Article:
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Employee Benefits

Pay and benefits: Which are the most popular?

Why do companies need to offer employee benefits?

It’s an employee’s market. Unemployment is at a low and job seekers are able to search through thousands of jobs on their phone in an instant. They quite literally hold the power in their hands.

And whilst employee benefits will never outweigh a fair and competitive salary, they form an important part of an employee package that candidates seek. There is a requirement for both salary and solid benefits, and striking the right balance can make all the difference when looking to recruit.

When strategically selected, employee benefits are beneficial for both employer and employees. A carefully curated benefits package will attract the best talent to fill roles. If centred around health and well-being, employers will also reap the rewards of a healthy and motivated team.

On the other side of the coin, employees can tell a lot about an organisation’s culture from the benefits they offer. Dynamic or traditional? Set or flexible working hours? Employees can reduce their personal monthly outgoings if a benefits package locks into their existing outgoings (private medical care, gym memberships etc.). They can also enjoy the novelty aspects of certain benefits, which can lift morale and productivity, making going to work that much more fun.

Which employee benefits are most popular?

The basic level of employee benefits include above statutory annual leave, a fair sickness leave policy, as well as a good maternity or paternity package.

Traditional benefits can be expensive to implement and offer, but will draw the best talent towards your organisation. Such benefits include private medical and/or dental care, company cars, phones, laptops and iPads.

But it’s not all about splashing the cash. Smaller scale but equally effective benefits include having a year-round supply of biscuits and fruit in the office, good coffee, perhaps a monthly team lunch. Other suggestions include staff discounts, good training and development opportunities, an extra days’ annual leave on your birthday, offering sabbaticals and secondments, and increased annual leave entitlement in line with years of service. Incentives, such as rewarding employees with a prize if they meet targets, are also well received. For example, one business we work with rewards the team with an office lunch at the end of the month if they meet their company target.

Smaller businesses can use the opportunity to get creative and contribute to the economy of the local community at the same time. Speak with local shop keepers, restauranteurs and bar owners to work out a discount scheme that your employees can enjoy. The businesses will increase their customer base, and your employees will enjoy both receiving a discount and supporting local independent businesses. For employers, it will cost very little to implement.

Flexible working can be practically free to implement too, and is a real pull for would-be employees. Finish early on a Friday, draft a working from home policy or bring in flexitime. This works especially well in organisations with a creative outlet.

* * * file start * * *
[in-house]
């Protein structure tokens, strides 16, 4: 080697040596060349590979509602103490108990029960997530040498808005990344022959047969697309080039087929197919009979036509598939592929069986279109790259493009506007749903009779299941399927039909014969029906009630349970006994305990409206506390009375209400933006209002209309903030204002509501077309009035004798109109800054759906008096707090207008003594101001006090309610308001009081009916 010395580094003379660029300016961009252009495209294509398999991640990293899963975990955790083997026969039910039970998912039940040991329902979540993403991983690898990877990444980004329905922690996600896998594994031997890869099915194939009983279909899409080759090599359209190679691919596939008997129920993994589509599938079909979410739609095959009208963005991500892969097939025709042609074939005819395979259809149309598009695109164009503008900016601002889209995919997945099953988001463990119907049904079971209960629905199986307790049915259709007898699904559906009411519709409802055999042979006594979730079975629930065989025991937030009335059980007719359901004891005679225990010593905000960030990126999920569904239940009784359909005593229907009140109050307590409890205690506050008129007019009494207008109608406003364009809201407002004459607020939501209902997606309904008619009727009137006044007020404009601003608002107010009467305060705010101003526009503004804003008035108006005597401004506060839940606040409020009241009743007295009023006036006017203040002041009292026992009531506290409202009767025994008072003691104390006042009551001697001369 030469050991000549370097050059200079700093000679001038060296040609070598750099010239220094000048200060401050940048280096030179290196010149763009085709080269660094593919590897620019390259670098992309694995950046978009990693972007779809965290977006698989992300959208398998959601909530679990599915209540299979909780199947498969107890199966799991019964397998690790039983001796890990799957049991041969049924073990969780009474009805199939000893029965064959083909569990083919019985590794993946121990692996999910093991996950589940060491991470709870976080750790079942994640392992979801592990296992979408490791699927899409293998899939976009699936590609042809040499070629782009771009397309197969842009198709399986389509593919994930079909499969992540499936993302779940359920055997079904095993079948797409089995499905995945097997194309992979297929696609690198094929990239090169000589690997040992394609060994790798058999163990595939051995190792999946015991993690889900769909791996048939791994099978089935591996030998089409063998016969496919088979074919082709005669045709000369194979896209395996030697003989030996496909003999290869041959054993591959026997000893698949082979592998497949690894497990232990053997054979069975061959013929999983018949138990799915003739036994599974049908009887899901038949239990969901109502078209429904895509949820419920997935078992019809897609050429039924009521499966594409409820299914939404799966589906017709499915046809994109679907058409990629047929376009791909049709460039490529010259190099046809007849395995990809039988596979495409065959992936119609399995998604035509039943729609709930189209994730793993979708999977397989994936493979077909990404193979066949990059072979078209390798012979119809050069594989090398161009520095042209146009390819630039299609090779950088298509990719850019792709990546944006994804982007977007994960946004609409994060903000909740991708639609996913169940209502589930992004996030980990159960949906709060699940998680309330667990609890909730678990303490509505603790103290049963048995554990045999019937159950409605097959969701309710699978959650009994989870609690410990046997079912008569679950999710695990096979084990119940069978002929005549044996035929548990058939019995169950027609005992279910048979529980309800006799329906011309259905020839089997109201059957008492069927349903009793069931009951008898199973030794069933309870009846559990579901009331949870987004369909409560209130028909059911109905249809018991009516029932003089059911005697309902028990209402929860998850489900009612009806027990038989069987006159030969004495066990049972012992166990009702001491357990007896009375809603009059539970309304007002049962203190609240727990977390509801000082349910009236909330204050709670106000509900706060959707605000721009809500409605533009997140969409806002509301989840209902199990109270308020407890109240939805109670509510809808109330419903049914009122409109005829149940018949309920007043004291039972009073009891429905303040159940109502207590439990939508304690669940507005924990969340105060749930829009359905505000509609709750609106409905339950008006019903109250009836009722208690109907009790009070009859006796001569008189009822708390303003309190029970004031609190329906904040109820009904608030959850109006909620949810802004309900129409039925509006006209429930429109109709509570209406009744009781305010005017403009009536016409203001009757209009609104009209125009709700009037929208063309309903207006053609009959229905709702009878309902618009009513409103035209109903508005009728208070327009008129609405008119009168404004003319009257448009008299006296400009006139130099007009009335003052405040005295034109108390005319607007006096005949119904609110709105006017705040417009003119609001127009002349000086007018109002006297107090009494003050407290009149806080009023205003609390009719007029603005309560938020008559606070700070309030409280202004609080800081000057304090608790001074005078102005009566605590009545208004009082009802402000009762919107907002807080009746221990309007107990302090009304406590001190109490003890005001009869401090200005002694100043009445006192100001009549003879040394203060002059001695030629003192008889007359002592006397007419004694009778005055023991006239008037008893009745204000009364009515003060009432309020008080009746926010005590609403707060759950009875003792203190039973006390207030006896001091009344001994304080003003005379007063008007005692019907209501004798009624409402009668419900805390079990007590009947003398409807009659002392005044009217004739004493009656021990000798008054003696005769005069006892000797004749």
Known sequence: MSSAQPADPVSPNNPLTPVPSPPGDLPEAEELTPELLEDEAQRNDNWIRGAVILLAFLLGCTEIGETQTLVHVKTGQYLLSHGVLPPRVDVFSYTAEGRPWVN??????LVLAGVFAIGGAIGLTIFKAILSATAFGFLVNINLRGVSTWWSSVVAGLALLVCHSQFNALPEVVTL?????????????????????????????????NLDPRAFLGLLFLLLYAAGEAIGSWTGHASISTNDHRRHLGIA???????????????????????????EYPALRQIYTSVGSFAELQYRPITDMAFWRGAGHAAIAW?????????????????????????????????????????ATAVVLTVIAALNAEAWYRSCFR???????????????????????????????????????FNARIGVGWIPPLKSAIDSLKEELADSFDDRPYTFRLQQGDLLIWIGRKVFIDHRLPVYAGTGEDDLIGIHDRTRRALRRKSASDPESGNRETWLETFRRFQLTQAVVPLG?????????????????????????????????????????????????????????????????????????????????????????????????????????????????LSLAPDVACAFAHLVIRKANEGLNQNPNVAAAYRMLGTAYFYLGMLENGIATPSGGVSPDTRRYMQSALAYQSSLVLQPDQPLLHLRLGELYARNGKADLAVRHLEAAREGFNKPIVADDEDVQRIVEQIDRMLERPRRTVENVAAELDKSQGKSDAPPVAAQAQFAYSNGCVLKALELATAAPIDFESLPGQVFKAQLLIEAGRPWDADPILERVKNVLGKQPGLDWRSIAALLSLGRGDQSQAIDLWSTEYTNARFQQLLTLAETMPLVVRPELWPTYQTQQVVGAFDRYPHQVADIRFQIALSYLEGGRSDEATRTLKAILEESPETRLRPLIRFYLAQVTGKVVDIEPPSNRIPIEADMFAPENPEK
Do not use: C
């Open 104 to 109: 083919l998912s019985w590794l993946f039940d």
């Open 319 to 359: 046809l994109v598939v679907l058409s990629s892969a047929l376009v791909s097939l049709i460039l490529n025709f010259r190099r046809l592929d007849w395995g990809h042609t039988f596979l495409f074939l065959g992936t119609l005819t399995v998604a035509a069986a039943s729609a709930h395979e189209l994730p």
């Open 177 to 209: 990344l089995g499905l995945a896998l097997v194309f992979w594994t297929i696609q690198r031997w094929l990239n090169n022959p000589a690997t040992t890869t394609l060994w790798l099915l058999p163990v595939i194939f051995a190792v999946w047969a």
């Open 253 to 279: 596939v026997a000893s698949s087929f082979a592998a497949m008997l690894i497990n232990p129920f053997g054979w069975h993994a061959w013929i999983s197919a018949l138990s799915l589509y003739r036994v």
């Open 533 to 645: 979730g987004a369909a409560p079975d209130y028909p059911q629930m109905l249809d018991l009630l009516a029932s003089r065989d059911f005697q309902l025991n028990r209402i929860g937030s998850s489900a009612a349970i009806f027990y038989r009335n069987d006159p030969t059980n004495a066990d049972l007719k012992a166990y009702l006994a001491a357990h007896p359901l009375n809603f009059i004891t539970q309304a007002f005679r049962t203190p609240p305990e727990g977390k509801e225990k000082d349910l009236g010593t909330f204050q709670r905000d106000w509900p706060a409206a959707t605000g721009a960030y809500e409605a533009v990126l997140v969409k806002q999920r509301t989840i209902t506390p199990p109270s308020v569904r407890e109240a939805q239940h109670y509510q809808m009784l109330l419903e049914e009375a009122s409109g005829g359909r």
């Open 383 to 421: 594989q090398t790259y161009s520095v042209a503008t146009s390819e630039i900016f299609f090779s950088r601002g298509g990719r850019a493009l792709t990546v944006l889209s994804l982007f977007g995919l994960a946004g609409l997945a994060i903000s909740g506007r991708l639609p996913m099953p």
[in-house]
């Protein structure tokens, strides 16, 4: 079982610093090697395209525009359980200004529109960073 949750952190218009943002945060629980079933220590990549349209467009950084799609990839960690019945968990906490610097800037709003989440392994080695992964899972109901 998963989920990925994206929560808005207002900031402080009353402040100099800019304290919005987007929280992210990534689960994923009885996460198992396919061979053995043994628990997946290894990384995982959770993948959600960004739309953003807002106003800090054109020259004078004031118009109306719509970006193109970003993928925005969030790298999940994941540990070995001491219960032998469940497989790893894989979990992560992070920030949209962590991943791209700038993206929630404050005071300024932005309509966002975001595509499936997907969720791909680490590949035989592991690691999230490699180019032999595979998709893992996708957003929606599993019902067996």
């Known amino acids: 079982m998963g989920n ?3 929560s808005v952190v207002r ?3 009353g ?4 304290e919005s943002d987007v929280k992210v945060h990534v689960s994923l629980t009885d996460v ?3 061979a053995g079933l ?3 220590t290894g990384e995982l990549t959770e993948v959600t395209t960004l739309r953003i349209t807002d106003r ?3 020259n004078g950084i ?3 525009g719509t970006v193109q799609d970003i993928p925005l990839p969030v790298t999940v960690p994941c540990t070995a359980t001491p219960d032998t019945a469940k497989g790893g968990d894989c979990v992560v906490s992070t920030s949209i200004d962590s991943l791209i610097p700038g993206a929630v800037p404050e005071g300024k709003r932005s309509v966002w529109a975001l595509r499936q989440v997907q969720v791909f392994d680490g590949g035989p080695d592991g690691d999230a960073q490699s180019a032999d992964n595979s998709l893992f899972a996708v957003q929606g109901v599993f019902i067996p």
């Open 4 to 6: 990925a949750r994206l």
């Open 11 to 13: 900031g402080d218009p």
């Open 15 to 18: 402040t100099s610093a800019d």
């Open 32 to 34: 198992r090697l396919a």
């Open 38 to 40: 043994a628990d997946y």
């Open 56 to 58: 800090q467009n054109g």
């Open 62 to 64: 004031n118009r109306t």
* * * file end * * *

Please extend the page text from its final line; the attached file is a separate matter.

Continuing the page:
Whatever you think is the right fit for your team, choosing benefits that your staff really want will simultaneously create a more productive team and reduce staff turnover.

Generational benefits: making a difference?

Remember to follow the law when curating benefits packages. Whilst is it perfectly fine to offer different benefits to different people, you cannot do so in a way that discriminates against gender, race, age, or other demographics. Refer to the Equal Employment Opportunity Commission (EEOC) recommendations for more information.

The level of job you are trying to fill will influence the benefits on offer. Generally speaking, very senior roles in most industries are more likely to be filled by Baby boomers than millennials, so set the benefits package accordingly. Conversely, entry-level jobs are likely to be taken by millennials or Gen Z.

Millennials tend to prioritise cultural and lifestyle benefits: think gym memberships, flexible working, Monday lunch yoga, Friday beers.

However if you’re looking to attract more experienced people for very senior roles, these benefits might not hit the spot. Baby boomers will generally be more enticed by a package that includes an attractive salary level that takes into consideration their wealth of experience, a generous pension scheme, life insurance and private healthcare.

Think carefully about who you are trying to attract to which roles, and ensure your benefits are appealing to them.

Future trends

Although we can’t predict the future, there is a clear direction that employee benefits are taking. In 2019, we expect the following to trend:

  1. Customised employee benefits
    The end of the ‘one size fits all’ benefits packages. There is a whole marketplace of online benefits package systems and providers that will enable employees to pick and choose the benefits that they want to enjoy.
  2. Student loan assistance
    The average student graduating last year in England is lumbered with around £34,800 of student debt. Employees who offer to help alleviate some of this financial burden will be very popular.

We hope you found this article useful. If you would like more information on finding the right pay and benefits balance for your organisation, contact our team today.

Read more:

New year, new outlook: five HR resolutions to reduce staff turnover

Employment law updates for 2019